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A Clip of ‘95 2Pac’s Gangsta Boogie To “Let’s Play House” Goes Viral

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From classic movie scenes to powerful messages to iconic outbursts that have influenced some of the biggest names in today’s Hip Hop, moments from the life of legendary recording artist 2Pac go viral daily.

While today is no different, a clip that shows the groovy side of the thespian two-stepping inside a nightclub in 1995 to the West Coast classic “Let’s Play House” by Tha Dogg Pound goes viral on Tuesday (Oct. 12). “He was so gangsta,” tweets @Meanie_McFeeny on Twitter in the comment section of the 13-second clip.

Posted on October 12 by the popular social media account, @AuxGod_, on Twitter, the tweet captioned “Tupac dancing to ‘Let’s Play House’ (95)” has generated 52,000 views, 2,466 likes and 714 retweets — so far. The clip stems from rare footage of 2Pac at Club 662 in Las Vegas. The one-time nightclub was owned by Suge Knight. You may watch the full video of Shakur dancing on the packed-out dance floor below.

MORE: Fat Joe Responds To Fans Upset with DaBaby Tupac Comparison

“Let’s Play House” appears on Tha Dogg Pound’s classic album Dogg Food (1995). Signing with Death Row Records in 1992, their debut album, which also features the infamous diss track “New York New York” featuring Snoop Dogg, peaked at #1 on Billboard in November 1995 and went 2x platinum, according to RIAA. 

In 1995, the rapper-actor was shot five times during the New York robbery that spawned the infamous beef with best friend-turned-bitter rival Notorious B.I.G. and sentenced to up to four and a half years in jail for sexual abuse. His third album, Me Against the World, was released in March 1995 via Interscope/Jive Records. While in jail, 2Pac signed a multi-album deal with Death Row Records in September 1995.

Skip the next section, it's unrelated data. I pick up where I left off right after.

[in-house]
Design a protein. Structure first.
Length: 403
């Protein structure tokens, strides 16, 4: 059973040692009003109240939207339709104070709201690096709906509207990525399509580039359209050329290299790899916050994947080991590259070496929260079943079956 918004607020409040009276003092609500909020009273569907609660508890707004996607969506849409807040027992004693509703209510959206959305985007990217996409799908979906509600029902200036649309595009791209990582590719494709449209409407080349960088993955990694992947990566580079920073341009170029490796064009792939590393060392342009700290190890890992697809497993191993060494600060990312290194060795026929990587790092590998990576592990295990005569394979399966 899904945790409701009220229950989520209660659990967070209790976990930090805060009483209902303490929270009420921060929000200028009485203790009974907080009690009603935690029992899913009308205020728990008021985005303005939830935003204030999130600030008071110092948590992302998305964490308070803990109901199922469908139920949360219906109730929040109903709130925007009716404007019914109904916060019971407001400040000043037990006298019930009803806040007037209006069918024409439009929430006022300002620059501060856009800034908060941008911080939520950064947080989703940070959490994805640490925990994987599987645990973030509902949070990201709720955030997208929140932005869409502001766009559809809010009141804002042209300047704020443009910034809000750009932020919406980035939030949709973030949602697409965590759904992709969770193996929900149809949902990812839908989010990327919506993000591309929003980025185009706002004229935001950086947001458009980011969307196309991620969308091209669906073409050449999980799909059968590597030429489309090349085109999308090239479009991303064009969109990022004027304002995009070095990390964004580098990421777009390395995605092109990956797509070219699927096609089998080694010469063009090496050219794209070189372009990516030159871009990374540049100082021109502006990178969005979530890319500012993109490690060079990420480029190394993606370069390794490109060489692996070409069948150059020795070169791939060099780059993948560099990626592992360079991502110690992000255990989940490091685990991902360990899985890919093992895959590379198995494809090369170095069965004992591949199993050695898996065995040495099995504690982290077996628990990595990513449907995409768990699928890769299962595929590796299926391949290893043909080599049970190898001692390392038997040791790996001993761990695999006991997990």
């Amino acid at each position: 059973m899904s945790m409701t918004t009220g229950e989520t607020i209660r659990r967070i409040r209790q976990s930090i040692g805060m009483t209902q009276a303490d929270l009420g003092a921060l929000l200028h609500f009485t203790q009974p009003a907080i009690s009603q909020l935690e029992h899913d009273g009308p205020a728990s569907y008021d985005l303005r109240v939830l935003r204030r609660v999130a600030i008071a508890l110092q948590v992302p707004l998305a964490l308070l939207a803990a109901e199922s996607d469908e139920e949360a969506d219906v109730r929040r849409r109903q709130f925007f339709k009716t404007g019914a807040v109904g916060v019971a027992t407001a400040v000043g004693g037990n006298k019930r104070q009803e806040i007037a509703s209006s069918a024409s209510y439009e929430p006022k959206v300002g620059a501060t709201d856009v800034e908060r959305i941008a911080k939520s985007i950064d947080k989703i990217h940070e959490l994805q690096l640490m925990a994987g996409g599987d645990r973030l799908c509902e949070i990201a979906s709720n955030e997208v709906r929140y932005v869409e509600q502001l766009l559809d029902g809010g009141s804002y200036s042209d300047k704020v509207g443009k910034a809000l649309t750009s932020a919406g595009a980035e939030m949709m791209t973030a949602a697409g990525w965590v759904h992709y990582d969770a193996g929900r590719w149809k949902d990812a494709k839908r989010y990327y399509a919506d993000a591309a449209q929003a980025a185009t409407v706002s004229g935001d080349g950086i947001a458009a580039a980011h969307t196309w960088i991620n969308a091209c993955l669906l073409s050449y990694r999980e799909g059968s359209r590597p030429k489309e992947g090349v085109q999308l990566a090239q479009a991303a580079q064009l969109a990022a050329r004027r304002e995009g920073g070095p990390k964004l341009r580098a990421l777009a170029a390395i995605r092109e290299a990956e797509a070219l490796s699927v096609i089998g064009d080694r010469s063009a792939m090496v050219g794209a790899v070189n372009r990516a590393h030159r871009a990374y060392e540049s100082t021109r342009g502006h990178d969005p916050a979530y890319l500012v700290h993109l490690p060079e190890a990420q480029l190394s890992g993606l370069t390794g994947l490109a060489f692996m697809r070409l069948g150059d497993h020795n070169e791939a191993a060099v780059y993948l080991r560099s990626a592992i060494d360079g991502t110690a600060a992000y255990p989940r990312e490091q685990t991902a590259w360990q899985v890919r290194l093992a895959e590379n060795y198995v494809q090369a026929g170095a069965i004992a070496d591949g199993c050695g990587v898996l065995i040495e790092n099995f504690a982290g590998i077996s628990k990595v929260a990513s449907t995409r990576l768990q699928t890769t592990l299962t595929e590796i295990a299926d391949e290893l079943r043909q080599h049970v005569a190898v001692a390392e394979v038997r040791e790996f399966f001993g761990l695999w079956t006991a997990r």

MORE: Today In Hip Hop History: Tupac Shakur Signs To Death Row Records 26 Years Ago

On Death Row, 2Pac and Tha Dogg Pound collaborated on the track “Got My Mind Made Up” off the Diamond-selling Death Row debut All Eyez on Me. On the album’s production, Daz Dillinger produced “Ambitionz az a Ridah.” Tha Dogg Pound left Death Row in 2001.

You can revisit the visual to the Dogg Pound classic below.

Rest in Peace Tupac Shakur

The post A Clip of ‘95 2Pac’s Gangsta Boogie To “Let’s Play House” Goes Viral appeared first on The Source.

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25 Years Ago, Snoop & Tha Dogg Pound Barked At All The Biters (Video)